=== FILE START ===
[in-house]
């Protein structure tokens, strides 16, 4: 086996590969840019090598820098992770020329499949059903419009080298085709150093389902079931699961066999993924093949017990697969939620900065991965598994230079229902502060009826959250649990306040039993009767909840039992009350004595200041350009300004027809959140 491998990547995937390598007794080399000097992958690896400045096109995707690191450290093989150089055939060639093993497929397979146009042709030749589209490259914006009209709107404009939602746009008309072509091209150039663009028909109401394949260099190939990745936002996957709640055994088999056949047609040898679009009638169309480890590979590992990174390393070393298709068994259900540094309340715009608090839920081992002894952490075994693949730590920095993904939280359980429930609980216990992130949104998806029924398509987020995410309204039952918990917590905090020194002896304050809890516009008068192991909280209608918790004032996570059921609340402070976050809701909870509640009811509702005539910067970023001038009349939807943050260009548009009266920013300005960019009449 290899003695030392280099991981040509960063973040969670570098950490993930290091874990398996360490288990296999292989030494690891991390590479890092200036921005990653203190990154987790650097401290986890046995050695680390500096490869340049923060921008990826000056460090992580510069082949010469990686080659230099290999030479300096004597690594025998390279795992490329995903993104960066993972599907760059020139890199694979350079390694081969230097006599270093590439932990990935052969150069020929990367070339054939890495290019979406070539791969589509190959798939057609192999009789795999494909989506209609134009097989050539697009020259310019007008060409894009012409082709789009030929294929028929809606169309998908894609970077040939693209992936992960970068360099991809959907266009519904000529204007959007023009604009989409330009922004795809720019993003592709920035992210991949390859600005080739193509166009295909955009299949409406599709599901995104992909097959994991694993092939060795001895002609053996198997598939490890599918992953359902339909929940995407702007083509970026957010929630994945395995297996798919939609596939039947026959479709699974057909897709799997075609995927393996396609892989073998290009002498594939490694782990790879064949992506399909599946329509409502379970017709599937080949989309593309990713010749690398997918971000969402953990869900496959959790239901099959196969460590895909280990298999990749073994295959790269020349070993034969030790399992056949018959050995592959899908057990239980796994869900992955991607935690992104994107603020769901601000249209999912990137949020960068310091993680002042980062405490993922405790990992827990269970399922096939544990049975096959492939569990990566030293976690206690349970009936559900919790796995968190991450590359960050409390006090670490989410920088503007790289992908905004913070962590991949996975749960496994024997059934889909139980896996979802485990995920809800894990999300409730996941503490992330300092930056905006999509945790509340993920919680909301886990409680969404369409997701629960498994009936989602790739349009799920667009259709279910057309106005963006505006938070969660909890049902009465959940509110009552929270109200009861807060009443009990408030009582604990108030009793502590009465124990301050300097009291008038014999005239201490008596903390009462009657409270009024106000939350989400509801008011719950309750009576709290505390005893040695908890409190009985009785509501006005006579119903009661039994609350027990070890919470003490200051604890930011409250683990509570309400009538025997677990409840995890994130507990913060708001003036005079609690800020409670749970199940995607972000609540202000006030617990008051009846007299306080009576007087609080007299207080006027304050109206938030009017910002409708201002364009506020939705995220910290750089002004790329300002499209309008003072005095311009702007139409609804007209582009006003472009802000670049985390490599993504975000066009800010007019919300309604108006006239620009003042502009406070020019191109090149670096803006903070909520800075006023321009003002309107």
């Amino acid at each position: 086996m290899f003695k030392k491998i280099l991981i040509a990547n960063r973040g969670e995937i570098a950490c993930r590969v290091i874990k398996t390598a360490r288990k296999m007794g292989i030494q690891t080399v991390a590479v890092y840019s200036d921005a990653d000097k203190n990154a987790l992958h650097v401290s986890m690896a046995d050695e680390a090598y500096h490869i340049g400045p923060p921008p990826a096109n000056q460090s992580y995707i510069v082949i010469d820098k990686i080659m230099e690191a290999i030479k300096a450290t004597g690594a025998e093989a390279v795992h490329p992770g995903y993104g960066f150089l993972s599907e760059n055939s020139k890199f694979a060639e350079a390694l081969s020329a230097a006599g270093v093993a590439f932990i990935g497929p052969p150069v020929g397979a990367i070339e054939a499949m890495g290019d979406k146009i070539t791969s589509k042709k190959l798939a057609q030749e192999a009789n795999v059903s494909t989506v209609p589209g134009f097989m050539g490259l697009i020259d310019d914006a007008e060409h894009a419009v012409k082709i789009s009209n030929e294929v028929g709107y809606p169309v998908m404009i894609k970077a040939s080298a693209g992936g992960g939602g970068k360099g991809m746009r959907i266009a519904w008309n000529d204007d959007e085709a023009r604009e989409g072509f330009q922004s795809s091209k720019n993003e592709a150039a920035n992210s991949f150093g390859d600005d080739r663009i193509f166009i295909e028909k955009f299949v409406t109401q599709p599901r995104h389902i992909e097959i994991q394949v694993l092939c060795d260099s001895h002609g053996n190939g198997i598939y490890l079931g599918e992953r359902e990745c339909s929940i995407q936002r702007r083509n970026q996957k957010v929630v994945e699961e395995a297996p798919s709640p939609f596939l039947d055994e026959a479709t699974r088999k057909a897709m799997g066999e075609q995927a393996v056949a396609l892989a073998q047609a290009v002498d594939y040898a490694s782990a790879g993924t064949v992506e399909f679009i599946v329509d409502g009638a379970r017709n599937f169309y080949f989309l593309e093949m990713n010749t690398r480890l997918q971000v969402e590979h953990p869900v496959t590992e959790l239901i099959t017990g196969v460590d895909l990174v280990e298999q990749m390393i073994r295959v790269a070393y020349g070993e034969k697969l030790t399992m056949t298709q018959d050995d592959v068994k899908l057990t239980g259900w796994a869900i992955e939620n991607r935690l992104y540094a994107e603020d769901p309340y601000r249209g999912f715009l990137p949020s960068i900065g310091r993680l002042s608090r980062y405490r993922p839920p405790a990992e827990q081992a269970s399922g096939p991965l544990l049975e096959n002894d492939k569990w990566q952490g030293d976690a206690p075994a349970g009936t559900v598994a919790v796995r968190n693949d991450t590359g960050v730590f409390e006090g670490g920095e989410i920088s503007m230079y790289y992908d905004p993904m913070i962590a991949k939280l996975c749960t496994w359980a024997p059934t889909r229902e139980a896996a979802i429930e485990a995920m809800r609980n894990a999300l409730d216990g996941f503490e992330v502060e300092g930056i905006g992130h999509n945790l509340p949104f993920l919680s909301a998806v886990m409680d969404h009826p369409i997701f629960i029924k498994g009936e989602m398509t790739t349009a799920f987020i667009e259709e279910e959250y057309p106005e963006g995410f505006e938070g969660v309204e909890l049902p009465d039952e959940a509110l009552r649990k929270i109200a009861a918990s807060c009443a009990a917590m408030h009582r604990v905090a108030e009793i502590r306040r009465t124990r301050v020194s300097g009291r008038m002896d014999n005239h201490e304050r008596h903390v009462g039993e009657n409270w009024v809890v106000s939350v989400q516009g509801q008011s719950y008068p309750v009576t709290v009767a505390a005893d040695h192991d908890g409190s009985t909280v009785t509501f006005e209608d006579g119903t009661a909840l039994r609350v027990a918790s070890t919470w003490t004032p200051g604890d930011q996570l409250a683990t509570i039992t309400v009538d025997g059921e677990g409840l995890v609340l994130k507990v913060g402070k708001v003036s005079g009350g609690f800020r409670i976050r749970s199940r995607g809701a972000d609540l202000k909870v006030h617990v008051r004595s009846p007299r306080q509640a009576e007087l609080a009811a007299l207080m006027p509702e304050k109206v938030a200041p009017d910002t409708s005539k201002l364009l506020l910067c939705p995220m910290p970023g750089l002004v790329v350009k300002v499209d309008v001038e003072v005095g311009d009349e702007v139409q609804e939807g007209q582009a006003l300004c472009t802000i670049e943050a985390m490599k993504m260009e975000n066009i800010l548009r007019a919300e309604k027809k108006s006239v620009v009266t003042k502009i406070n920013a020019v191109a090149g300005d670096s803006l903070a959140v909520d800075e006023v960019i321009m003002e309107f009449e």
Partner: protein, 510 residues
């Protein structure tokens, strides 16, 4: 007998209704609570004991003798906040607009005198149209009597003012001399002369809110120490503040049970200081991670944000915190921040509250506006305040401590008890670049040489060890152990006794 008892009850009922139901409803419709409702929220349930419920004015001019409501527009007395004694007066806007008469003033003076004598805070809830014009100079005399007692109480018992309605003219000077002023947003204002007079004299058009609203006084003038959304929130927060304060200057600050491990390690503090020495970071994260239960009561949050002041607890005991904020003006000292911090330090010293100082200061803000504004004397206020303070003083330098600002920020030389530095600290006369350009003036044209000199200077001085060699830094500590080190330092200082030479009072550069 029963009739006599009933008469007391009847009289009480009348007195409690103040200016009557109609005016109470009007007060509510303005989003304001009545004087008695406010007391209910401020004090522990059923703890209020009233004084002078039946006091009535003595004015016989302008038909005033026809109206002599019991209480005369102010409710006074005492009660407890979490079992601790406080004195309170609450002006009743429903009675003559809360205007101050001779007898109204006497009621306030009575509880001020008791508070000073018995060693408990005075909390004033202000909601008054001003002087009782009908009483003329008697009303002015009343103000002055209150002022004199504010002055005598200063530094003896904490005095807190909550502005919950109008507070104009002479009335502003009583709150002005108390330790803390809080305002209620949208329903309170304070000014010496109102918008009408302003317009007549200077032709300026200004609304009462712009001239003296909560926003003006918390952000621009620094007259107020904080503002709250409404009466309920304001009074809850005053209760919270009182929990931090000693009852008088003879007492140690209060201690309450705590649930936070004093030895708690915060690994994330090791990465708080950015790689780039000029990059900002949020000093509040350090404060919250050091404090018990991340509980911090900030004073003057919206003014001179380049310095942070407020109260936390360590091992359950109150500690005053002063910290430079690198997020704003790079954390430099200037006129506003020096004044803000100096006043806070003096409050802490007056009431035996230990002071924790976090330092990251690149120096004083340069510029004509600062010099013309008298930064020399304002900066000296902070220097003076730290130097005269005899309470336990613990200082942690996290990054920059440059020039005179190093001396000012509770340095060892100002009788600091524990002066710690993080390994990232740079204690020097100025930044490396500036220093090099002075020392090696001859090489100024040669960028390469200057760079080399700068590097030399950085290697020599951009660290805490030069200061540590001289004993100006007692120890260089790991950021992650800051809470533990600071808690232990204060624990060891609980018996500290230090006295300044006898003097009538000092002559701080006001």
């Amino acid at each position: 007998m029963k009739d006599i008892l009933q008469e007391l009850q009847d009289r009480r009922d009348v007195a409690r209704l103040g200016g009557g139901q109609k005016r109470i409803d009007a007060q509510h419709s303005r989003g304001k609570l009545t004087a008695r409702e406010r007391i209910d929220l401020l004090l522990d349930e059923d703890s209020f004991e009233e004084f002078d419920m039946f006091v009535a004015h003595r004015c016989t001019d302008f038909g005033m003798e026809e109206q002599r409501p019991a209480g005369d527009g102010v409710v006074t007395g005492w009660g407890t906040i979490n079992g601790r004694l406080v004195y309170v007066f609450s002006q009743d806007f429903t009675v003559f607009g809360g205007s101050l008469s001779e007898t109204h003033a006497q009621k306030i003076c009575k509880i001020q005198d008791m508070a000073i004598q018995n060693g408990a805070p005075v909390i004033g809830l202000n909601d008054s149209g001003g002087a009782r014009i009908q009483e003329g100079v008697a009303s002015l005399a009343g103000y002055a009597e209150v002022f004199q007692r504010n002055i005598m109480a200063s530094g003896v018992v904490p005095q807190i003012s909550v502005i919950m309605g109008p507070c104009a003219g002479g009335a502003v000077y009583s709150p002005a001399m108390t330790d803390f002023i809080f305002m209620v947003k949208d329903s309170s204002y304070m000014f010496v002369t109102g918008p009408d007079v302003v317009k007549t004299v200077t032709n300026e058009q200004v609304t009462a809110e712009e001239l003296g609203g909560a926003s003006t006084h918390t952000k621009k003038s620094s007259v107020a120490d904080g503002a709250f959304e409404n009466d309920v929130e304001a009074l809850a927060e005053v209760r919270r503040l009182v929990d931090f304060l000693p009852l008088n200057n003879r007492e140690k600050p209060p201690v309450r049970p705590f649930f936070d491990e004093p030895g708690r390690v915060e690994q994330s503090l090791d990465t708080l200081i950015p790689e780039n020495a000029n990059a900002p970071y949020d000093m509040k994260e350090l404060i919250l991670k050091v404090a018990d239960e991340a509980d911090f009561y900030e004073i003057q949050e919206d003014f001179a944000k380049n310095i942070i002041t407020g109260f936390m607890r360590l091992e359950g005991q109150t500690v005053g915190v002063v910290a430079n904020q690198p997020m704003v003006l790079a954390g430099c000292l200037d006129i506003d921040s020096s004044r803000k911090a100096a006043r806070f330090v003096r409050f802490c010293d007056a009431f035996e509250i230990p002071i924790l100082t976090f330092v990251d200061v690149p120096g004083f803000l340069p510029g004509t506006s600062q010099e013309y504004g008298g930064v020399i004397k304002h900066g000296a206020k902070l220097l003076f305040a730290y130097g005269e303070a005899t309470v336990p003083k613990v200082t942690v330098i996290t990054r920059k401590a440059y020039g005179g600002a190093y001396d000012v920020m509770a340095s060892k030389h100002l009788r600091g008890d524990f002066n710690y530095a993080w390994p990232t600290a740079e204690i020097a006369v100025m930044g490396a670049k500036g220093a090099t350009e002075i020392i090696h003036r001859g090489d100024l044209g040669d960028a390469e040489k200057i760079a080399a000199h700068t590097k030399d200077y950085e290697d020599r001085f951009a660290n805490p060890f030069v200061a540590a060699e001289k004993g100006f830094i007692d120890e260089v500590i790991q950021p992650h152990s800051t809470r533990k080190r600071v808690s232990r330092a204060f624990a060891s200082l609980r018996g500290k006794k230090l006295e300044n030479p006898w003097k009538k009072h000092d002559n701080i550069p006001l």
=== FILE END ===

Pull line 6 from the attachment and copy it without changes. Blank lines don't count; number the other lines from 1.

């Amino acid at each position: 007998m029963k009739d006599i008892l009933q008469e007391l009850q009847d009289r009480r009922d009348v007195a409690r209704l103040g200016g009557g139901q109609k005016r109470i409803d009007a007060q509510h419709s303005r989003g304001k609570l009545t004087a008695r409702e406010r007391i209910d929220l401020l004090l522990d349930e059923d703890s209020f004991e009233e004084f002078d419920m039946f006091v009535a004015h003595r004015c016989t001019d302008f038909g005033m003798e026809e109206q002599r409501p019991a209480g005369d527009g102010v409710v006074t007395g005492w009660g407890t906040i979490n079992g601790r004694l406080v004195y309170v007066f609450s002006q009743d806007f429903t009675v003559f607009g809360g205007s101050l008469s001779e007898t109204h003033a006497q009621k306030i003076c009575k509880i001020q005198d008791m508070a000073i004598q018995n060693g408990a805070p005075v909390i004033g809830l202000n909601d008054s149209g001003g002087a009782r014009i009908q009483e003329g100079v008697a009303s002015l005399a009343g103000y002055a009597e209150v002022f004199q007692r504010n002055i005598m109480a200063s530094g003896v018992v904490p005095q807190i003012s909550v502005i919950m309605g109008p507070c104009a003219g002479g009335a502003v000077y009583s709150p002005a001399m108390t330790d803390f002023i809080f305002m209620v947003k949208d329903s309170s204002y304070m000014f010496v002369t109102g918008p009408d007079v302003v317009k007549t004299v200077t032709n300026e058009q200004v609304t009462a809110e712009e001239l003296g609203g909560a926003s003006t006084h918390t952000k621009k003038s620094s007259v107020a120490d904080g503002a709250f959304e409404n009466d309920v929130e304001a009074l809850a927060e005053v209760r919270r503040l009182v929990d931090f304060l000693p009852l008088n200057n003879r007492e140690k600050p209060p201690v309450r049970p705590f649930f936070d491990e004093p030895g708690r390690v915060e690994q994330s503090l090791d990465t708080l200081i950015p790689e780039n020495a000029n990059a900002p970071y949020d000093m509040k994260e350090l404060i919250l991670k050091v404090a018990d239960e991340a509980d911090f009561y900030e004073i003057q949050e919206d003014f001179a944000k380049n310095i942070i002041t407020g109260f936390m607890r360590l091992e359950g005991q109150t500690v005053g915190v002063v910290a430079n904020q690198p997020m704003v003006l790079a954390g430099c000292l200037d006129i506003d921040s020096s004044r803000k911090a100096a006043r806070f330090v003096r409050f802490c010293d007056a009431f035996e509250i230990p002071i924790l100082t976090f330092v990251d200061v690149p120096g004083f803000l340069p510029g004509t506006s600062q010099e013309y504004g008298g930064v020399i004397k304002h900066g000296a206020k902070l220097l003076f305040a730290y130097g005269e303070a005899t309470v336990p003083k613990v200082t942690v330098i996290t990054r920059k401590a440059y020039g005179g600002a190093y001396d000012v920020m509770a340095s060892k030389h100002l009788r600091g008890d524990f002066n710690y530095a993080w390994p990232t600290a740079e204690i020097a006369v100025m930044g490396a670049k500036g220093a090099t350009e002075i020392i090696h003036r001859g090489d100024l044209g040669d960028a390469e040489k200057i760079a080399a000199h700068t590097k030399d200077y950085e290697d020599r001085f951009a660290n805490p060890f030069v200061a540590a060699e001289k004993g100006f830094i007692d120890e260089v500590i790991q950021p992650h152990s800051t809470r533990k080190r600071v808690s232990r330092a204060f624990a060891s200082l609980r018996g500290k006794k230090l006295e300044n030479p006898w003097k009538k009072h000092d002559n701080i550069p006001l």